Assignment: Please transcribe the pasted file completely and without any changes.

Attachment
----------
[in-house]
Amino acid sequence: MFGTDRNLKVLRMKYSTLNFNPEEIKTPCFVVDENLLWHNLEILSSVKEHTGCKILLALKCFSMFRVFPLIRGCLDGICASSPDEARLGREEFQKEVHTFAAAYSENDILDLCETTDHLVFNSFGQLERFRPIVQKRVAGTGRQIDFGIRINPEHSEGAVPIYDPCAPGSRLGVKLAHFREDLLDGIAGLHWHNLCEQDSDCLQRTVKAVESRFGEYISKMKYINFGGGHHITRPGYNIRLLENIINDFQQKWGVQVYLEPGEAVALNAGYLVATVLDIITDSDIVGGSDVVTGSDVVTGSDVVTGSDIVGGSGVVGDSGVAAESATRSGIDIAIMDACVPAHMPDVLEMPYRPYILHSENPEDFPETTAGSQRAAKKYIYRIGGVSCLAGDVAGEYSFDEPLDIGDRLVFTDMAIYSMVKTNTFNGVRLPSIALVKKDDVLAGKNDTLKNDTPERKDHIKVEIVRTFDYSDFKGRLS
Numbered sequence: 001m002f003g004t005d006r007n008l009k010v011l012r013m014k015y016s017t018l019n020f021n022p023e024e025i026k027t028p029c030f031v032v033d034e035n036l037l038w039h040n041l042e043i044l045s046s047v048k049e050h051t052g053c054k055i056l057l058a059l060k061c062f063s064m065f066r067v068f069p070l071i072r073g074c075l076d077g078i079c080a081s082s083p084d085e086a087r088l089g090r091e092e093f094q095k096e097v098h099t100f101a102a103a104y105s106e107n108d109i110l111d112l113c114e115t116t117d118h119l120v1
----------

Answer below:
[in-house]
Amino acid sequence: MFGTDRNLKVLRMKYSTLNFNPEEIKTPCFVVDENLLWHNLEILSSVKEHTGCKILLALKCFSMFRVFPLIRGCLDGICASSPDEARLGREEFQKEVHTFAAAYSENDILDLCETTDHLVFNSFGQLERFRPIVQKRVAGTGRQIDFGIRINPEHSEGAVPIYDPCAPGSRLGVKLAHFREDLLDGIAGLHWHNLCEQDSDCLQRTVKAVESRFGEYISKMKYINFGGGHHITRPGYNIRLLENIINDFQQKWGVQVYLEPGEAVALNAGYLVATVLDIITDSDIVGGSDVVTGSDVVTGSDVVTGSDIVGGSGVVGDSGVAAESATRSGIDIAIMDACVPAHMPDVLEMPYRPYILHSENPEDFPETTAGSQRAAKKYIYRIGGVSCLAGDVAGEYSFDEPLDIGDRLVFTDMAIYSMVKTNTFNGVRLPSIALVKKDDVLAGKNDTLKNDTPERKDHIKVEIVRTFDYSDFKGRLS
Numbered sequence: 001m002f003g004t005d006r007n008l009k010v011l012r013m014k015y016s017t018l019n020f021n022p023e024e025i026k027t028p029c030f031v032v033d034e035n036l037l038w039h040n041l042e043i044l045s046s047v048k049e050h051t052g053c054k055i056l057l058a059l060k061c062f063s064m065f066r067v068f069p070l071i072r073g074c075l076d077g078i079c080a081s082s083p084d085e086a087r088l089g090r091e092e093f094q095k096e097v098h099t100f101a102a103a104y105s106e107n108d109i110l111d112l113c114e115t116t117d118h119l120v1